Companion book to Huang's Statistical Mechanics

  • #1
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My professor will be using Huang's Statistical Mechanics next semester and I have been reading a lot of polarizing reviews. Does anyone recommend a book to read parallel to Huang's to better understand the material and that discusses the same topics in similar fashion?
 

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  • #2
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What's the point of having the topics explained in a similar fashion if you fear Huang's approach might not be 'good' enough?

When I had my undergrad course in statistical mechanics we used Huang as main reference: I have to admit I did not like it that much, but I would not go as far as to say it's a bad book. Anyway, here are a few other books you might want to look at:
Landau, Lifshitz - Course of theoretical physics vol. 5 (classic)
Sethna - Statistical Mechanics: Entropy, Order Parameters and Complexity (unusual approach with quite a lot of insights, I believe this is very good to use as a supplement)
Politi - Statistical Mechanics in a Nutshell (dense, somebody says terse, but I used to find it clear and straight to the point, haven't opened this in >2 years though)
Ma, Fung - Statistical Mechanics (this is a bit more advanced maybe but might be useful)

I think Sethna used to be freely available as a pdf, and you can surely find the others in your university's library.
 
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  • #3
vanhees71
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Landau Lifshitz 5 is among the best books on stat. mech. I know, but it's tough for the beginner. My favorite introductory undergrad book is

H. B. Callen, Thermodynamics and an Introduction to
Thermostatistics, John Wiley&Sons, New York, Chichester,
Brisbane, Toronto, Singapore, 2 ed. (1985).

though it's a bit too much emphasizing the phenomenological thermodynamics for my taste.

Another very good book is volume 5 of the Berkeley Physics course, written by F. Reif, who also wrote another famous more advanced book on the subject:

F. Reif, Statistical Physics, McGraw-Hill, New York, St.
Louis, San Francisco, London, Sydney (1965).

F. Reif, Fundamentals of statistical and thermal physics,
McGraw Hill Book Company, New York (1965).
 
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  • #4
DarMM
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My favourite is "Statistical Physics and Thermodynamics: An Introduction to Key Concepts" by Jochen Rau. It uses QM from the beginning though. However I prefer that.
 
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  • #5
vanhees71
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Damn! I forgot this gem, written by a colleague of mine. I'm also an advocate of the "quantum-statistics-first approach", since classical statistics is much more problematic and cumbersome than quantum statistics and follows from the latter anyway without all the trouble of the traditional approach. Particularly Gibbs's paradoxon is not present from the very beginning.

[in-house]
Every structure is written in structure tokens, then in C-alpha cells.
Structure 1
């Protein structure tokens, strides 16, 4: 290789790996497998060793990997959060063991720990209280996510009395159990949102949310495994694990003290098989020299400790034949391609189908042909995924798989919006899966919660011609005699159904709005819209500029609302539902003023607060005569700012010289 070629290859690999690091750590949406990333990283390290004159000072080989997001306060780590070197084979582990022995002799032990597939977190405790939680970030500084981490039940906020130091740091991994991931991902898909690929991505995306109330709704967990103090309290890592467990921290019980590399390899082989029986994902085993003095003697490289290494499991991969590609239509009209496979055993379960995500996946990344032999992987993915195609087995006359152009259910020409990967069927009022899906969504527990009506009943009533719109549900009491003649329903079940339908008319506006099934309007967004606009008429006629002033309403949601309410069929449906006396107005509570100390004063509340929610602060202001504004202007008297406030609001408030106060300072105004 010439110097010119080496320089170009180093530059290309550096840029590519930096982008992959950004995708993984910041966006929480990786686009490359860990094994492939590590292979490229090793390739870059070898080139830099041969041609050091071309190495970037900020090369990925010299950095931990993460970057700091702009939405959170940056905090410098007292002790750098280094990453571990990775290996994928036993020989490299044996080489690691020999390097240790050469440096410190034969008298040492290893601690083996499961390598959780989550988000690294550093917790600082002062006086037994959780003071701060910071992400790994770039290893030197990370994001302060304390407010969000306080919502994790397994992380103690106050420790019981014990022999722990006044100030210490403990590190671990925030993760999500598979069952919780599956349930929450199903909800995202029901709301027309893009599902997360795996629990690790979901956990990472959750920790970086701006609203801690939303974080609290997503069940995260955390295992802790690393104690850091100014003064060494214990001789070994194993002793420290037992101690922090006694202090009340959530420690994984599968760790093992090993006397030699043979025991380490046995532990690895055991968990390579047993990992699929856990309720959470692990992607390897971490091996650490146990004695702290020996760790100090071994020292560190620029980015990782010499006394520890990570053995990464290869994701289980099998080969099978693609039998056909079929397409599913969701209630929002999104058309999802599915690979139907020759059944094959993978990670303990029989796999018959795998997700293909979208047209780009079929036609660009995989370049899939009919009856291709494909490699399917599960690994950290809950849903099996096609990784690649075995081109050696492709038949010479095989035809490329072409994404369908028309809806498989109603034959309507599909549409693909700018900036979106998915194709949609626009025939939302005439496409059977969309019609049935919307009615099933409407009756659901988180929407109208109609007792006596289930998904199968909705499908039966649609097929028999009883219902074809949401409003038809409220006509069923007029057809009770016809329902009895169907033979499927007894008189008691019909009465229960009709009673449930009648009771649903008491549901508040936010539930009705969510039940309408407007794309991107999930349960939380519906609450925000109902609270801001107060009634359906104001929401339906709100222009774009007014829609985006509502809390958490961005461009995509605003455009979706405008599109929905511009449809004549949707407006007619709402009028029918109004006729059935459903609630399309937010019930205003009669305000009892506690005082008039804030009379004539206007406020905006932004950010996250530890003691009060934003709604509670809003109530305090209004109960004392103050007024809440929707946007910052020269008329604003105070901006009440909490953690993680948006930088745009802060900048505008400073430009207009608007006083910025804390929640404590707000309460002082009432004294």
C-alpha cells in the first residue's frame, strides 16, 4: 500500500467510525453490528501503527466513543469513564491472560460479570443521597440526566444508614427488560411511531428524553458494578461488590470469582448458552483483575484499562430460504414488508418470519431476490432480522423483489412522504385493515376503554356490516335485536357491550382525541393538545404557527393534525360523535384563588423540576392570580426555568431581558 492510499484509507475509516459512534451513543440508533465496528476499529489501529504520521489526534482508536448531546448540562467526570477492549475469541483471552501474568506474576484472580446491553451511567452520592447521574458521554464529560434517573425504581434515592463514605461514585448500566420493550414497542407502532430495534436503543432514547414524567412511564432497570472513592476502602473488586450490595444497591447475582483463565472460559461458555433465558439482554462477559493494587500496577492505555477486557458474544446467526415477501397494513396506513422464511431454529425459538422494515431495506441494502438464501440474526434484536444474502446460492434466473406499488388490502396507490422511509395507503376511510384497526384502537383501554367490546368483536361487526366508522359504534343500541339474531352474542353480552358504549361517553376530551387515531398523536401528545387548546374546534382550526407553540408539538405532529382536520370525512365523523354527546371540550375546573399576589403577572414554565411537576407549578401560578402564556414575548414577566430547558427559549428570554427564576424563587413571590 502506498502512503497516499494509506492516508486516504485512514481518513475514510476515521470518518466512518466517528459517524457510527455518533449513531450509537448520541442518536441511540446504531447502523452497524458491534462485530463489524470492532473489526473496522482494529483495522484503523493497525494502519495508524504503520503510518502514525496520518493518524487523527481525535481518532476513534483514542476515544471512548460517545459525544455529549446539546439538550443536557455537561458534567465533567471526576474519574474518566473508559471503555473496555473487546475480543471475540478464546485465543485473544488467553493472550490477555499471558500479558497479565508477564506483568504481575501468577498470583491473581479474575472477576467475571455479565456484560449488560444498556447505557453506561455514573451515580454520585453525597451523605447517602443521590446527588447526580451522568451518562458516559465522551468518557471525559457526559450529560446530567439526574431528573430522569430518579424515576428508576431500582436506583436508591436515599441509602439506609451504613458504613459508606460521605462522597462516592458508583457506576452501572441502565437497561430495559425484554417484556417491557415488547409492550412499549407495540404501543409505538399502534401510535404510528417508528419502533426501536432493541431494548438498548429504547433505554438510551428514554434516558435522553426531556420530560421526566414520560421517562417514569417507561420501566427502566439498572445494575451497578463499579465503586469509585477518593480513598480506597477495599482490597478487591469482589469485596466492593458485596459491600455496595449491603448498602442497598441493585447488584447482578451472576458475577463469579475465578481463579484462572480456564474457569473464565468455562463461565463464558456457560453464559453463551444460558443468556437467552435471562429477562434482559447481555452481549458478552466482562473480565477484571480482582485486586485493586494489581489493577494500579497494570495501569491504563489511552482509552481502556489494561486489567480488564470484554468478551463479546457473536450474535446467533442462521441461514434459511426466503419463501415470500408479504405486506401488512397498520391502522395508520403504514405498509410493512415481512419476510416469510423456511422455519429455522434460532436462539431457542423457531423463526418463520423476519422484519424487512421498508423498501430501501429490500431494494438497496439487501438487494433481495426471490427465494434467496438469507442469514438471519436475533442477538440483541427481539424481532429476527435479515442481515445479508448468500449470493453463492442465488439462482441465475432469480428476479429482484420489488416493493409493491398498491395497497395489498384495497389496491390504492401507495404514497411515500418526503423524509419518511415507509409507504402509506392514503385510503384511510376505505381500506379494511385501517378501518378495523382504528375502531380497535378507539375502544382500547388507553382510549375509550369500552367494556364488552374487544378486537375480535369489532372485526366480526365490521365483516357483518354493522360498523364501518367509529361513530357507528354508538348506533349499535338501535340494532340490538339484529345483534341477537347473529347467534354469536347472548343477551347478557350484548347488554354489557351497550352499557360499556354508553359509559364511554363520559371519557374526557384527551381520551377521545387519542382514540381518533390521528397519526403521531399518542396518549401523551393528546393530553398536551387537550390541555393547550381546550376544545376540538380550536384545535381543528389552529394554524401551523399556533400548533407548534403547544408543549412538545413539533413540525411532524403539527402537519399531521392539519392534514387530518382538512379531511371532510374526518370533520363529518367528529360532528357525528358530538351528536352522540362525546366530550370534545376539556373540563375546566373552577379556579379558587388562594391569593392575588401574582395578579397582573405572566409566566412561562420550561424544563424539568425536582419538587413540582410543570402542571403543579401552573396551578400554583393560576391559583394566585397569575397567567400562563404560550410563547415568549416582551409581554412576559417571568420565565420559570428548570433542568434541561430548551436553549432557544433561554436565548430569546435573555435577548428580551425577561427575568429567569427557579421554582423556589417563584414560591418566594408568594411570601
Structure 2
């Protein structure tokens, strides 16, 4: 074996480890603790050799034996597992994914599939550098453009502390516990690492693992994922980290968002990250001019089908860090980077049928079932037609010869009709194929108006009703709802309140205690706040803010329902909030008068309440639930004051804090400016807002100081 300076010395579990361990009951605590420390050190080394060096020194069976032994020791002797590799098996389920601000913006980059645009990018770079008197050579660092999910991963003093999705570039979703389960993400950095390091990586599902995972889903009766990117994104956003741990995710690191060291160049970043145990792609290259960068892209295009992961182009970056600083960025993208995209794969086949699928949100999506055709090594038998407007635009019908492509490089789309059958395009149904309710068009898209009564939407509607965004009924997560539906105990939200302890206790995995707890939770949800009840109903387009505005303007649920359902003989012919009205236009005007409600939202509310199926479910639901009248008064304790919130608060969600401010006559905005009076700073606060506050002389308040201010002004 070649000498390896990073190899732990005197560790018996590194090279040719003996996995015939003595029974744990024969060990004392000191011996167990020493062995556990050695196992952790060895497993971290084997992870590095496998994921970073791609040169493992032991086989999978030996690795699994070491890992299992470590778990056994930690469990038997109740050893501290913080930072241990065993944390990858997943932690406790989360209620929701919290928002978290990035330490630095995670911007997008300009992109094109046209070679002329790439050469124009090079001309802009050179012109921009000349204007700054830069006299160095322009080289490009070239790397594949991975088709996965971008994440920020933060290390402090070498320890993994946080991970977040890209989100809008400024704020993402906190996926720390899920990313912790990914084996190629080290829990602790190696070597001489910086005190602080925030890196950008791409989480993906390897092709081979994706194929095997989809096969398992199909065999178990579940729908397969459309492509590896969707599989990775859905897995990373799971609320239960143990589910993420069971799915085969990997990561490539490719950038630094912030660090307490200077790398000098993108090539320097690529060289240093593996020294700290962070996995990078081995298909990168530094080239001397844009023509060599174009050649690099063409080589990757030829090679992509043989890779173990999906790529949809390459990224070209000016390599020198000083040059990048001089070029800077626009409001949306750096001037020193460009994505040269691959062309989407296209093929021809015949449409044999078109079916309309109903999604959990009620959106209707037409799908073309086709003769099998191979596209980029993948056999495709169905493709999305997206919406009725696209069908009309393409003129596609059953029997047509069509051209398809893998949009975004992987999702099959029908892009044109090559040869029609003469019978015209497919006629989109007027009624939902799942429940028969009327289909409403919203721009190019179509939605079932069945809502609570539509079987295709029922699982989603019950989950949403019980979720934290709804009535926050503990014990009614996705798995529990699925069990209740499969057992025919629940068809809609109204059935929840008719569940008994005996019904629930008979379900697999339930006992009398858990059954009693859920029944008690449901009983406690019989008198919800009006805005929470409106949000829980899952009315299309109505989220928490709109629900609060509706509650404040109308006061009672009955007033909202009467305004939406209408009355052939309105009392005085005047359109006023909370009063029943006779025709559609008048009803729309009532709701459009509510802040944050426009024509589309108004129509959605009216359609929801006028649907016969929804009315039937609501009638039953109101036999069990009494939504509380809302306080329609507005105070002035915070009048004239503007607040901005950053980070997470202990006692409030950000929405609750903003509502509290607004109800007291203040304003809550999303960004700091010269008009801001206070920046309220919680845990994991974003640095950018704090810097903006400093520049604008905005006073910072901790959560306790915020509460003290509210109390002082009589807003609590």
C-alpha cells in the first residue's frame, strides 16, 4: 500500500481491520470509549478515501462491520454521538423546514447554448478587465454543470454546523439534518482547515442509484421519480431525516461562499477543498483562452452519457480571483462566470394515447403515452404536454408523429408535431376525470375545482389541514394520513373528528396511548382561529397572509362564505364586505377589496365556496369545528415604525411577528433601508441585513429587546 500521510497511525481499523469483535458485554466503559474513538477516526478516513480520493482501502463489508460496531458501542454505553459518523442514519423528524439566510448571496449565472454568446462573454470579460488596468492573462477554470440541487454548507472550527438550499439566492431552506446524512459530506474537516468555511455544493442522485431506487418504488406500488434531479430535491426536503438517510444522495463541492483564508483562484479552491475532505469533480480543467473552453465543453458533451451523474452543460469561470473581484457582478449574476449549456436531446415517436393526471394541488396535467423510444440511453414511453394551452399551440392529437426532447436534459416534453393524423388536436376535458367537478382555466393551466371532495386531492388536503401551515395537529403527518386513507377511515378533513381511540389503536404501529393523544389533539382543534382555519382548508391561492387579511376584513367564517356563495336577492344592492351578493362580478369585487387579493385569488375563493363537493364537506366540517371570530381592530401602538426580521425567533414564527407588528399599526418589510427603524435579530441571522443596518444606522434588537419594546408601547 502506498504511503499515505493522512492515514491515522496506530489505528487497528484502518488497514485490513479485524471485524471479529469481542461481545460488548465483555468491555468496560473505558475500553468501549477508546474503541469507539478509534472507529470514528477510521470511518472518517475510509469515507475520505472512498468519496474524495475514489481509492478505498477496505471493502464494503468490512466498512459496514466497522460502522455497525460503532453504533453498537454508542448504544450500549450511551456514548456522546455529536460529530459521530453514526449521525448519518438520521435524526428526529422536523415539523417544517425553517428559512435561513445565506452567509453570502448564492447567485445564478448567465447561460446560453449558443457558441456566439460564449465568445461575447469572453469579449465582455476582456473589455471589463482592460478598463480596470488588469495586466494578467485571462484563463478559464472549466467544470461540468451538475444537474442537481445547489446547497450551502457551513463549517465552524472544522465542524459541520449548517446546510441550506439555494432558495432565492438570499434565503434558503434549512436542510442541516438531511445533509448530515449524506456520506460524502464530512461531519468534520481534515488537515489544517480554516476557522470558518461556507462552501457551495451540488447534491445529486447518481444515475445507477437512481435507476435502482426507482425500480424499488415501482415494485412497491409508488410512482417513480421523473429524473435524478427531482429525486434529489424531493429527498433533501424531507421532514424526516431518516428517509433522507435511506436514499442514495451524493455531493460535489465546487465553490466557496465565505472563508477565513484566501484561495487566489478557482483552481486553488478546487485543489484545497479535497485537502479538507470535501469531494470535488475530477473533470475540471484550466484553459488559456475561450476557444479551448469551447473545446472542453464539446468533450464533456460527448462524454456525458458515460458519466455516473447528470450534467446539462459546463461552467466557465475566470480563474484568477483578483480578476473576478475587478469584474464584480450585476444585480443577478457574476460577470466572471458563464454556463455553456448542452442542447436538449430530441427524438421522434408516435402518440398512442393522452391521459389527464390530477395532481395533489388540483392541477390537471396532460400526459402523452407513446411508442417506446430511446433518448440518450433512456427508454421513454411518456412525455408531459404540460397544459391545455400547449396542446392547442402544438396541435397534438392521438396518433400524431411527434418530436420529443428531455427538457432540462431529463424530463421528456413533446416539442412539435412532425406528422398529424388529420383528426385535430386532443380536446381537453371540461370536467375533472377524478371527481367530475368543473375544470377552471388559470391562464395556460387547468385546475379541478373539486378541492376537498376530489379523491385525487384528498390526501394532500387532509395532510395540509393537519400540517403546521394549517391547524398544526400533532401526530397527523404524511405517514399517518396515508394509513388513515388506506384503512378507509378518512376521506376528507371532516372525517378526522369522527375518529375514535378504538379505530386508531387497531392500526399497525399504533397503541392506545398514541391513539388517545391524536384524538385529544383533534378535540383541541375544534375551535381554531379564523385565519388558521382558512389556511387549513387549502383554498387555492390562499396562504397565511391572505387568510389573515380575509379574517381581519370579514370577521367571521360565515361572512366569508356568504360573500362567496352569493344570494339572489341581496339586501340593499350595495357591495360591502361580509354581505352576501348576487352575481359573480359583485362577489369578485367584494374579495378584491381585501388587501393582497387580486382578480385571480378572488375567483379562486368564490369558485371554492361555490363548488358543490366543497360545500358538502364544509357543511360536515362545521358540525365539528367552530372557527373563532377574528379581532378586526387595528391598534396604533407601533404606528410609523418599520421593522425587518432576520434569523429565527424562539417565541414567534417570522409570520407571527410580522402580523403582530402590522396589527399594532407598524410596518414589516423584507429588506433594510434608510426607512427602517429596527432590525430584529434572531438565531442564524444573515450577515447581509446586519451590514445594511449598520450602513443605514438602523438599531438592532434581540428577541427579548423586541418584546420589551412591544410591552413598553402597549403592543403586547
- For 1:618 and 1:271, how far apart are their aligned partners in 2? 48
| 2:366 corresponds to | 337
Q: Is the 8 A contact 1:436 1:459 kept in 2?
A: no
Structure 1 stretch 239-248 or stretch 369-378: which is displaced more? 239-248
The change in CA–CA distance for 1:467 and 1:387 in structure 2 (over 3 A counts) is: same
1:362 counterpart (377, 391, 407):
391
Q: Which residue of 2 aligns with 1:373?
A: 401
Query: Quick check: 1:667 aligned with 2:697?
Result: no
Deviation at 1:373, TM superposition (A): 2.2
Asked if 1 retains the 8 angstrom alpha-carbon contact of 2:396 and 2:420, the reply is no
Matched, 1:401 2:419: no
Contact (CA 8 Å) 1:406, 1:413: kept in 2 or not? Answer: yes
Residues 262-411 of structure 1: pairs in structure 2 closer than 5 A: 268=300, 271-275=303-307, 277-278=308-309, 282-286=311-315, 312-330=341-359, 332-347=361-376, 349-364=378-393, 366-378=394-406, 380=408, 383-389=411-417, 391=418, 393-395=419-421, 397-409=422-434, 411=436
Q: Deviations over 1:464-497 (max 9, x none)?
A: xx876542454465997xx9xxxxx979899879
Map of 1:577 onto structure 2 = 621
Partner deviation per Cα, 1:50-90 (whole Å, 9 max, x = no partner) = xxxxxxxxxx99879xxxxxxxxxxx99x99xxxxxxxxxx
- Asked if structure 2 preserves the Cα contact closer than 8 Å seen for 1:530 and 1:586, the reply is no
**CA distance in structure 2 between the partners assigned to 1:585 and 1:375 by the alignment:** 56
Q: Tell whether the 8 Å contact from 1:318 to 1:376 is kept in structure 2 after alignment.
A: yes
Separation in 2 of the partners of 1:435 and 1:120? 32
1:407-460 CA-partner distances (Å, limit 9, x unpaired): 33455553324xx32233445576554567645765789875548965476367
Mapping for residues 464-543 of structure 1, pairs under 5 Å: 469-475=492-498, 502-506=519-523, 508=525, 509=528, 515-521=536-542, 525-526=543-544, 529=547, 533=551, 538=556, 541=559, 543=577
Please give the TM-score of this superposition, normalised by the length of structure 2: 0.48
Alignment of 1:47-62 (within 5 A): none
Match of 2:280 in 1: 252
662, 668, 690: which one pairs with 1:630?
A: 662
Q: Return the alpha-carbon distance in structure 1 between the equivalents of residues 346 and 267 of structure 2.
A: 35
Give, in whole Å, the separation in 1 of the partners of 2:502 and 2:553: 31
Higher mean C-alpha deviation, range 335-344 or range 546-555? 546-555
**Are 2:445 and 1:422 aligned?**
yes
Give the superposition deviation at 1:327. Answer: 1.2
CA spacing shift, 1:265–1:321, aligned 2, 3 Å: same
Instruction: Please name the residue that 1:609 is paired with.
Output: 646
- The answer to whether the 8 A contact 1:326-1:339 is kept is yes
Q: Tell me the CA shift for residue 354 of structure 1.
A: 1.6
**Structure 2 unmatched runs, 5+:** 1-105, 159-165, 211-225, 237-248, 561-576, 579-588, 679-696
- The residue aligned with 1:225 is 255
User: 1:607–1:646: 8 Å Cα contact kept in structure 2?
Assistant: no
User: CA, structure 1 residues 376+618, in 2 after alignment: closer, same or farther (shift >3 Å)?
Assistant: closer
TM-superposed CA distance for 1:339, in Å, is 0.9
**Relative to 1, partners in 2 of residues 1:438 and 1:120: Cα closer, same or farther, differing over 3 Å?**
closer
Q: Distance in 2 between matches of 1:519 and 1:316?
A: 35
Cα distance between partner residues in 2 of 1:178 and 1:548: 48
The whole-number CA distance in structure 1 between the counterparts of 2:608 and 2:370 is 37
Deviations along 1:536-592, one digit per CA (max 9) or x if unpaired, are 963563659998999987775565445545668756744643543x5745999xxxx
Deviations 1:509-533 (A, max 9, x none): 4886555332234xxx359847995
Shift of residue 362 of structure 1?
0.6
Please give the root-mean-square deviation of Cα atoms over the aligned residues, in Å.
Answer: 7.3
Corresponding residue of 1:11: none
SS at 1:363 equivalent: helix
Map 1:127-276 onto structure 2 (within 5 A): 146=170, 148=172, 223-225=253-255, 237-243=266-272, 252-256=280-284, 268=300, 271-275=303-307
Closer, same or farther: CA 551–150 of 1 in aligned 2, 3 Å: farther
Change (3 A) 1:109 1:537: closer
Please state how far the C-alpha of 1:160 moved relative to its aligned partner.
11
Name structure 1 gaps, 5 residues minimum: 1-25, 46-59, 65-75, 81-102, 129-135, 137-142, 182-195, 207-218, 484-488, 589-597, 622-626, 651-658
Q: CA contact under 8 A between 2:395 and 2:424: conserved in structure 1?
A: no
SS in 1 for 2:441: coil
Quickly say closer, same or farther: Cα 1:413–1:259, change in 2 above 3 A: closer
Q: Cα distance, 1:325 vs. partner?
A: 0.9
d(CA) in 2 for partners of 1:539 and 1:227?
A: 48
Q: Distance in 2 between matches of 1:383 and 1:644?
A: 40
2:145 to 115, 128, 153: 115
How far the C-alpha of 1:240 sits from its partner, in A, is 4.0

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  • #6
DarMM
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Particularly Gibbs's paradoxon is not present from the very beginning.
I completely agree. I think Stat Mech is taught first because historically it came first, however related to what you said the resolution to Gibb's paradox of imposing indistinguishability is unmotivated classically. Reading Rau's book the whole subject just "flows" so much more easily. I actually find classical stat mech a bit confusing with all the "tricks" and ad hoc assumptions you have to juggle to avoid QM.
 
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  • #7
vanhees71
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In the theory course at our university Stat. Phys. is taught as the last module (Theory 5), i.e., the students have heard Newtonian + SRT Mechanics, Analytical Mechanics, Classical electromagnetics, Quantum Mechanics 1. So it's well possible to start with quantum statistics first. I've not given this lecture yet, but I'd start with the quantum case first, starting with "2nd quantization" of Schrödinger wave mechanics (i.e., non-relativistic QFT) to have the adequate tools for handling bosons and fermions in a lucid and clear way.

(For me it doesn't make sense to let the students antisymmetrize product states ("slater determinants") to begin with.)
 
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atyy
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  • #10
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Thanks for the tips. I'll start with Huang and if it doesn't go well I'll check out the books recommended.
 
  • #11
PAllen
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I’ll add an endorsement for Reif’s more advanced book, which is really quite readable. It was the text used in my thermo course.
 
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  • #12
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Pathria/Beale is good at the graduate level.
Becker, Theory of Heat is good but it is old. This is grad level too, but might be easier than Pathria/Beale
Reif is good for upper level undergrad but it could be used for graduate too,
Zemansky s is OK for undergrad

Landau Lifshitz V is good too at grad level/

For a discursive treatment Sommerfeld (I think Volume 5) is also very good.
 
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  • #13
vanhees71
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Indeed, Sommerfeld it particularly good in the Boltzmann-transport equation part, discussing Grad's method.
 
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